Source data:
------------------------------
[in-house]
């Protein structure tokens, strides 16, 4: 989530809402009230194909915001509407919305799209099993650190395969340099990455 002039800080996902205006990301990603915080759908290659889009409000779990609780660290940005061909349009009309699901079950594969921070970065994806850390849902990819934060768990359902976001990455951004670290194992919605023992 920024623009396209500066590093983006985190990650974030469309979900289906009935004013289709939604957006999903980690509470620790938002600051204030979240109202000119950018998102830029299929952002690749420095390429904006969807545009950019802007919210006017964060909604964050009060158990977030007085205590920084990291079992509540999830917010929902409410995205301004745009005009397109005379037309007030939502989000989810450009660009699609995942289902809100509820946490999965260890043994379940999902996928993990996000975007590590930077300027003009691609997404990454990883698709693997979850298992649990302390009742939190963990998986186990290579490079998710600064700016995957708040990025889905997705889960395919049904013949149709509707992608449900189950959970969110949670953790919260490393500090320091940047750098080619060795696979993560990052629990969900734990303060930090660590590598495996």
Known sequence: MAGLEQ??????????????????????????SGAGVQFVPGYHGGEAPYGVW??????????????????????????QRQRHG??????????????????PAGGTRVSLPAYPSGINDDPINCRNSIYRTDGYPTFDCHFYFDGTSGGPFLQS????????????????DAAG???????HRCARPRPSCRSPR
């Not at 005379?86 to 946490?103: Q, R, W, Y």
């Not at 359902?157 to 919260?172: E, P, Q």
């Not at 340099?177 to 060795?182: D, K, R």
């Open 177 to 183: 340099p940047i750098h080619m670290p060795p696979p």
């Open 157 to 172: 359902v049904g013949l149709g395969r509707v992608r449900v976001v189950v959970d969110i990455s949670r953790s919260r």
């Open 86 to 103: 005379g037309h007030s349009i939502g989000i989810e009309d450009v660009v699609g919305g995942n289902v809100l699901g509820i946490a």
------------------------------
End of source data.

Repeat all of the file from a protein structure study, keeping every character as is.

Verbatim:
[in-house]
């Protein structure tokens, strides 16, 4: 989530809402009230194909915001509407919305799209099993650190395969340099990455 002039800080996902205006990301990603915080759908290659889009409000779990609780660290940005061909349009009309699901079950594969921070970065994806850390849902990819934060768990359902976001990455951004670290194992919605023992 920024623009396209500066590093983006985190990650974030469309979900289906009935004013289709939604957006999903980690509470620790938002600051204030979240109202000119950018998102830029299929952002690749420095390429904006969807545009950019802007919210006017964060909604964050009060158990977030007085205590920084990291079992509540999830917010929902409410995205301004745009005009397109005379037309007030939502989000989810450009660009699609995942289902809100509820946490999965260890043994379940999902996928993990996000975007590590930077300027003009691609997404990454990883698709693997979850298992649990302390009742939190963990998986186990290579490079998710600064700016995957708040990025889905997705889960395919049904013949149709509707992608449900189950959970969110949670953790919260490393500090320091940047750098080619060795696979993560990052629990969900734990303060930090660590590598495996």
Known sequence: MAGLEQ??????????????????????????SGAGVQFVPGYHGGEAPYGVW??????????????????????????QRQRHG??????????????????PAGGTRVSLPAYPSGINDDPINCRNSIYRTDGYPTFDCHFYFDGTSGGPFLQS????????????????DAAG???????HRCARPRPSCRSPR
């Not at 005379?86 to 946490?103: Q, R, W, Y």
């Not at 359902?157 to 919260?172: E, P, Q």
């Not at 340099?177 to 060795?182: D, K, R």
């Open 177 to 183: 340099p940047i750098h080619m670290p060795p696979p």
């Open 157 to 172: 359902v049904g013949l149709g395969r509707v992608r449900v976001v189950v959970d969110i990455s949670r953790s919260r």
């Open 86 to 103: 005379g037309h007030s349009i939502g989000i989810e009309d450009v660009v699609g919305g995942n289902v809100l699901g509820i946490a």